The Hudson River Valley environmental collection at the Marist College Special Collection and Archives is an example I continually return to. I wrote about this extraordinary group of records in my book Cultural Heritage Collaborators and my article for History News that is due out this Autumn. The Marist archivist developed a small collection about a proposed power plant in the Hudson River Valley into one of the most revered environmental collections in the country. Through collection development, the college gathered resources related to the controversy. In the process, the archivist worked to identify all documentation he could about the subject. When appropriate, identified materials were accessioned into the College's collection. However, in some cases (and for various reasons), the archivist informed record holders of the significance of materials in their possession and their relationship to the Marist collection, but left documents with their original owners. The archivist taught the record holders proper preservation methods when necessary. He returned to his own institution with the knowledge that the records would be kept safe and accessible because of the information he shared. He became the "go-to" person for researchers seeking information on the subject and helped establish a national recognition of his repository's expertise in this area.

Cultural heritage institutions do not need to own materials to take interest in them. One may benefit from knowledge gained about available resources. Collaborating helps gain trust, boosts all participants, and provides each with something of value. For the more established cultural institution, the knowledge gained and public recognition that you are the "expert" on a given topic will give you enough of a boost to strengthen all your activities. Ownership is not everything. We must see our role in protecting resources related to our organizational mission within and outside of our institutions. We all own our heritage and must work together to ensure its safety.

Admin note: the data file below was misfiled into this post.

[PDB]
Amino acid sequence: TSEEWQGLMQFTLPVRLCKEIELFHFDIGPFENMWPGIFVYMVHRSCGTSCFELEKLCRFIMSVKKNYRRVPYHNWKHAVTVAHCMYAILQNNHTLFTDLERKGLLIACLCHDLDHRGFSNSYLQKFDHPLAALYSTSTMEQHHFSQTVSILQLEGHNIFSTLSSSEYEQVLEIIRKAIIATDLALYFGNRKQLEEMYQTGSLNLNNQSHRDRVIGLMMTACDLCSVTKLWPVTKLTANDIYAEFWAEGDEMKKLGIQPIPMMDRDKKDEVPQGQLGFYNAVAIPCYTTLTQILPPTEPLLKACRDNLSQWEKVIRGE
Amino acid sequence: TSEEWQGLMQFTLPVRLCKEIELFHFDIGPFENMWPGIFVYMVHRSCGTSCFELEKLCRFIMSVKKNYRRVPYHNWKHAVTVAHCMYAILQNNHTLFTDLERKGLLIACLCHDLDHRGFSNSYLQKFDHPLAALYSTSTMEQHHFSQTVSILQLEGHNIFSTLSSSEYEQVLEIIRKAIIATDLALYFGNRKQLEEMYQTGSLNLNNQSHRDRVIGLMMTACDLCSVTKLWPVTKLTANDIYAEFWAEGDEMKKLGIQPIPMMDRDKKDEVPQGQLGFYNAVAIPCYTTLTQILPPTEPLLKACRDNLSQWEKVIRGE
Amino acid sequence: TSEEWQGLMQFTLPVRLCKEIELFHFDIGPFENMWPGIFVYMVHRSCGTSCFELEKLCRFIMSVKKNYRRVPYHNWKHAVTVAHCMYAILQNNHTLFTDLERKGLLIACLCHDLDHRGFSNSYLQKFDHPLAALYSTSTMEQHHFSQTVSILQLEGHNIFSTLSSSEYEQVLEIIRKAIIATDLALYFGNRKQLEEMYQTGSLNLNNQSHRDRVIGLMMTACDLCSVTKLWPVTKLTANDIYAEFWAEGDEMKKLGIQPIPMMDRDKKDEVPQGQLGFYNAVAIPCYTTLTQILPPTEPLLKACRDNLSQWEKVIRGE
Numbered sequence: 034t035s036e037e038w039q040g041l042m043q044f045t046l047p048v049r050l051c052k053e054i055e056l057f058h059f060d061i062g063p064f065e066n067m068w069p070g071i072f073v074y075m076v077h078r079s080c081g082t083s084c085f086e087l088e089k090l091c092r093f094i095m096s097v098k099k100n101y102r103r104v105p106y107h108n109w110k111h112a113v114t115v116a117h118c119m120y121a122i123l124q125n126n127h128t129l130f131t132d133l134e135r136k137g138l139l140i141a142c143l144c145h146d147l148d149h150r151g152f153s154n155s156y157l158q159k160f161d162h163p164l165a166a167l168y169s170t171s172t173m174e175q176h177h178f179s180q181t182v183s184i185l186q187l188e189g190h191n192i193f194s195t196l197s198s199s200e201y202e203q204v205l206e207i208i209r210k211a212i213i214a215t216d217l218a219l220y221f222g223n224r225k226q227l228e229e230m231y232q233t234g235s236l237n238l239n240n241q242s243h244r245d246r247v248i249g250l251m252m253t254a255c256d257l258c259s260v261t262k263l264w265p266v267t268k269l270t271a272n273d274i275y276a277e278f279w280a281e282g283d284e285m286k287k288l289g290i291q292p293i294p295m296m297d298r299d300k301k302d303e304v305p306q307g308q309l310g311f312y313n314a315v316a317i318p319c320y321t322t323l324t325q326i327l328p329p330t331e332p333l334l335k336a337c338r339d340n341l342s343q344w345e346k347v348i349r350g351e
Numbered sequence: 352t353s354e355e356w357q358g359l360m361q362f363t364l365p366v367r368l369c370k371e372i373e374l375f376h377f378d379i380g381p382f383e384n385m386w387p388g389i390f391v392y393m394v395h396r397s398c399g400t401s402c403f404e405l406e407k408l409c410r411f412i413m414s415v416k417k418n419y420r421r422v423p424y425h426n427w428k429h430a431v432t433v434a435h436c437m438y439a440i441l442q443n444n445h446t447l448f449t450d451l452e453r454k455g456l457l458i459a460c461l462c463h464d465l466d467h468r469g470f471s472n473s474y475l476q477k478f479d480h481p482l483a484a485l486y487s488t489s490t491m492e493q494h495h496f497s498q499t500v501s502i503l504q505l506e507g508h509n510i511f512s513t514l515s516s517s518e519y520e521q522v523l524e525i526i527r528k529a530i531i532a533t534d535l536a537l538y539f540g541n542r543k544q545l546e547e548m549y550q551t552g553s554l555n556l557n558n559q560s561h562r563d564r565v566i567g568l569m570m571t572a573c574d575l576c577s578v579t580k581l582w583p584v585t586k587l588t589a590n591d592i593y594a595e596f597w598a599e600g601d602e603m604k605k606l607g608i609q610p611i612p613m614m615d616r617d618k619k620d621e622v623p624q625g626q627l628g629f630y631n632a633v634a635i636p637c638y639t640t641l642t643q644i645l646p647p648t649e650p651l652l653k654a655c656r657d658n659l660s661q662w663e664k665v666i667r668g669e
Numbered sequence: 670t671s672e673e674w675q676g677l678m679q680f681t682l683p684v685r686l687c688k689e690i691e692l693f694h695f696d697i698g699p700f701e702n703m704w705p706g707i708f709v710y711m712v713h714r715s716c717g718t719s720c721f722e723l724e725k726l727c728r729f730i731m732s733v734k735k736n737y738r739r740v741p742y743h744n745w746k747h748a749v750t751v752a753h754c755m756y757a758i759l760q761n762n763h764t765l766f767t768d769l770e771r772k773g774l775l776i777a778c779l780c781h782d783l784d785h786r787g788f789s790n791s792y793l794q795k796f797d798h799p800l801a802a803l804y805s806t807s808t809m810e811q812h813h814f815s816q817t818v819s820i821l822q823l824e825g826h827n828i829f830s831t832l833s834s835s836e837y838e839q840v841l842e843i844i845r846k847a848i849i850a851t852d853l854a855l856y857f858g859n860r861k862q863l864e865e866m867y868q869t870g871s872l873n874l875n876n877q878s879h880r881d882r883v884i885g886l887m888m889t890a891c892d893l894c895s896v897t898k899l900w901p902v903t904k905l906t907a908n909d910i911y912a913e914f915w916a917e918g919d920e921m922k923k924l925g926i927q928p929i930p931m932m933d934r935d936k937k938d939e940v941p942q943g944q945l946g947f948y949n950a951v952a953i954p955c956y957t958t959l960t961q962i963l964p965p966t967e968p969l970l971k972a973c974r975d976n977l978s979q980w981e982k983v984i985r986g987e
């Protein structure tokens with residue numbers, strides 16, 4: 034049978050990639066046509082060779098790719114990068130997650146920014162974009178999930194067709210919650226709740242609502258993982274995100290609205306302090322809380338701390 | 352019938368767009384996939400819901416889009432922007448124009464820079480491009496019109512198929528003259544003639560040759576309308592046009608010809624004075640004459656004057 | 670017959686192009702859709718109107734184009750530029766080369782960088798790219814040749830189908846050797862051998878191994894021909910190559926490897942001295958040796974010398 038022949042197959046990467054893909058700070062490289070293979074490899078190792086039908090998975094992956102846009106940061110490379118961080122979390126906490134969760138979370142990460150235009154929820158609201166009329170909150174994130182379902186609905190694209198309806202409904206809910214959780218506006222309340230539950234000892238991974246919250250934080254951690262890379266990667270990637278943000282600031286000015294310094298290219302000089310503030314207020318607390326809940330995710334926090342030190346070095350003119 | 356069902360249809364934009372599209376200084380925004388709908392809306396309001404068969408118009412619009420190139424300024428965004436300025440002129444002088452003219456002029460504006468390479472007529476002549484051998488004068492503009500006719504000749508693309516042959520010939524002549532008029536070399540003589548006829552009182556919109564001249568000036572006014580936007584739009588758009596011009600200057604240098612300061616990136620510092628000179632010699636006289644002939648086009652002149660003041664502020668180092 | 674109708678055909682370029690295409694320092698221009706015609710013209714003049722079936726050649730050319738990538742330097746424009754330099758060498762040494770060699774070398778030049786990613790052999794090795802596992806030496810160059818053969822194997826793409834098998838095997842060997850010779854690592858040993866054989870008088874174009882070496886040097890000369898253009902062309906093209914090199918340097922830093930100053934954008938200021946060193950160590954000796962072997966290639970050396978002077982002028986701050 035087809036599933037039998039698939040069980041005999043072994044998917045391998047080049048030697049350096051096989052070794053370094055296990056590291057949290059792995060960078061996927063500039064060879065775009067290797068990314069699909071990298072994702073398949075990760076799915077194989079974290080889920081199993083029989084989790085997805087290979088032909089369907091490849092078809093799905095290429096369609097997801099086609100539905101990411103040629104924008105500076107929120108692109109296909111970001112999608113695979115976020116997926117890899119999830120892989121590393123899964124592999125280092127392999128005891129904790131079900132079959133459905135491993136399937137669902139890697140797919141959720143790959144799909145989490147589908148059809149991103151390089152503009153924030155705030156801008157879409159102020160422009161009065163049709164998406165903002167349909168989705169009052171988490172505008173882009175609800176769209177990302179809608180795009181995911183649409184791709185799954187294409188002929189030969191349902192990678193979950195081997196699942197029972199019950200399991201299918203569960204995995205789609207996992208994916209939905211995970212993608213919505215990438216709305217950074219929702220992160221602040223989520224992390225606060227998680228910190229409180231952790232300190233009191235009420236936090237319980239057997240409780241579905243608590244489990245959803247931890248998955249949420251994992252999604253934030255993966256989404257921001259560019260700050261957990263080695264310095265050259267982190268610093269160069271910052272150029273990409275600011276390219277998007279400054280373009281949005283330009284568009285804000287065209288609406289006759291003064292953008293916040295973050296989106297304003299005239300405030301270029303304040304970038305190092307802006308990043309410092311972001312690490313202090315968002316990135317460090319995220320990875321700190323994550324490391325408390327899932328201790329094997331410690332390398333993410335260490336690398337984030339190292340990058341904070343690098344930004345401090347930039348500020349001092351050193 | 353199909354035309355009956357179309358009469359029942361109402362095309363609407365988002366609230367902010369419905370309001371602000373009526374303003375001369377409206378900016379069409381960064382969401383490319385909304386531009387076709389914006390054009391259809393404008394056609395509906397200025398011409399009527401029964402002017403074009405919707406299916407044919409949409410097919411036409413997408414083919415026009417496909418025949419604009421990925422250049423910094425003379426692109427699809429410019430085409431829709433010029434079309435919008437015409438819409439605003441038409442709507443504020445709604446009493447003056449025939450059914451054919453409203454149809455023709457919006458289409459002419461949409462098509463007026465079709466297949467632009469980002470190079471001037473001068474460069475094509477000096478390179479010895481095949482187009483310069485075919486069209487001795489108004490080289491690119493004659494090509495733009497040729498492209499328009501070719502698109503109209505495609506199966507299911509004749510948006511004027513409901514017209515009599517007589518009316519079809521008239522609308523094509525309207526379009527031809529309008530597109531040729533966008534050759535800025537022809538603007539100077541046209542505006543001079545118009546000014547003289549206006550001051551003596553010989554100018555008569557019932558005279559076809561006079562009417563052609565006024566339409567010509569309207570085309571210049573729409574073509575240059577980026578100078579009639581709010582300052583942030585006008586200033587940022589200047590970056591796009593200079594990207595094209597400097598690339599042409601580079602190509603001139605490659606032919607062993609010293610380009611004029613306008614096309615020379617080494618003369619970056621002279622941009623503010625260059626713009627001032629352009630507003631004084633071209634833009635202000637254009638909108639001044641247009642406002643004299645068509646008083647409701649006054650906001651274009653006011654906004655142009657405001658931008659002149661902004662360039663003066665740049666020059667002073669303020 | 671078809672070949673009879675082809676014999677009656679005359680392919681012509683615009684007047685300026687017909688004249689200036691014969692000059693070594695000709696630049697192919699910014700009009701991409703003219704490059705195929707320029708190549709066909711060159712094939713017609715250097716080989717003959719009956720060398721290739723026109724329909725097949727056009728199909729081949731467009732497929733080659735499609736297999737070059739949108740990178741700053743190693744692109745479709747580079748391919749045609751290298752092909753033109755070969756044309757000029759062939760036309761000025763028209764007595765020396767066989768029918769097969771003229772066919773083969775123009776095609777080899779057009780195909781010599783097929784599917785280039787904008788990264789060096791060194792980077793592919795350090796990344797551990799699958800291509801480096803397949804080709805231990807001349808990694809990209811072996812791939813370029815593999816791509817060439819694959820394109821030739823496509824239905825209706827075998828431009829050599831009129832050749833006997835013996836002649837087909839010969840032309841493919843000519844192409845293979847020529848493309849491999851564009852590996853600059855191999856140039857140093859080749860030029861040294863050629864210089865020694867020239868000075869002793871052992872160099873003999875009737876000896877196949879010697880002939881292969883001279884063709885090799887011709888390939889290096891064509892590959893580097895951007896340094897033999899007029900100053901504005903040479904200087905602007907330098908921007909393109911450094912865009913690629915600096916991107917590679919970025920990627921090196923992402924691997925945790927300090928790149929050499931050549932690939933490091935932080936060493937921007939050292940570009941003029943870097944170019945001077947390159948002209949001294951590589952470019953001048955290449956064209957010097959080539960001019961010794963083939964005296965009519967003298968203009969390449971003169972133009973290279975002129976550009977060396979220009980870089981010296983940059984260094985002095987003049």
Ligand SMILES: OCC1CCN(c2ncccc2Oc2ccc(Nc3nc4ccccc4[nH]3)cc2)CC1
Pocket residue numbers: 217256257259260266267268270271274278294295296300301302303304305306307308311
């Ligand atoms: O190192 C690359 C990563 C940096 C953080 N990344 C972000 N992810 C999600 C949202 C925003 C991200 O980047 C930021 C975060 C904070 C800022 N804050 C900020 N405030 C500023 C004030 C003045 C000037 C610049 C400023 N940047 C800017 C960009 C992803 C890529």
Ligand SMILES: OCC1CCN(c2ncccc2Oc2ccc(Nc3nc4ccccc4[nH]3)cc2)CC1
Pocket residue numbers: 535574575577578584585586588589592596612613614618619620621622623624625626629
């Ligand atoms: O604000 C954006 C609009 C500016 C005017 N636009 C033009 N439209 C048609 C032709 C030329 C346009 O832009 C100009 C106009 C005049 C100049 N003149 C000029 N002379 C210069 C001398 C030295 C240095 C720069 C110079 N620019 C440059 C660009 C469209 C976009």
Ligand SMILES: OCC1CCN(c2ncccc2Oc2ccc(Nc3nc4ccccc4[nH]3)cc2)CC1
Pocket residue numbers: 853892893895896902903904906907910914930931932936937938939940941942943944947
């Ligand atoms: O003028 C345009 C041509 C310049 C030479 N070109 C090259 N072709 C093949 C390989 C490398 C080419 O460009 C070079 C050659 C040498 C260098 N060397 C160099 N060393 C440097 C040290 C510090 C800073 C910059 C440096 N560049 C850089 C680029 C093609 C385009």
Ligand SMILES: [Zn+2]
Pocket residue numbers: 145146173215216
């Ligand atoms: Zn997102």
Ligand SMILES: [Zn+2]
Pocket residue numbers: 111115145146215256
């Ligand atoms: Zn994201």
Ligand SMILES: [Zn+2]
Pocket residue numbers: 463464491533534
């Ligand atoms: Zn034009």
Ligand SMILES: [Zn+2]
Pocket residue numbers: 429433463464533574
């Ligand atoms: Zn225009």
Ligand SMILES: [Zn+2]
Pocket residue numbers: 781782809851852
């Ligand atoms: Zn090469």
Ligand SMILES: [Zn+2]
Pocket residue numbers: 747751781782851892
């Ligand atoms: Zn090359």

History News Network Article

History News Network has just published my latest article. "Collaborating to Preserve Our Cultural History" discusses the value of partnering to secure our heritage.

Wednesday, August 4, 2010

More Finds at the Local Antique Shop

Today the talk at the local antique shop was of authenticity and appraisal, but they were not using those words exactly the way I would use them. I love going into the shop (From out of the Woods Antiques) to get a different perspective on historical items than that I normally take away as an archivist. Today, a visiting coin dealer was saying that he wishes customers wouldn't use special pens on the currency to see if it is real. The owner of the shop was negotiating over the price of items. My idea of appraisal is judging the historical value of an object and authentic items help me form a more accurate picture of historical events for archives visitors. It is engrossing to be in this place and with people who value their items with varied expertise.

I generally wander through the shop looking for paper based items, archives or ephemera that catch my eye. Today, all my finds were found in a small box that sat on a shelf locked behind glass. The box was filled with many greeting cards. There were cute ones and beautiful ones, but I chose the one to the left because it reminded me of Warner Brothers cartoons from my childhood. The handwritten message inside is endearing as well, wishing a 75 year old another 25 good years of life.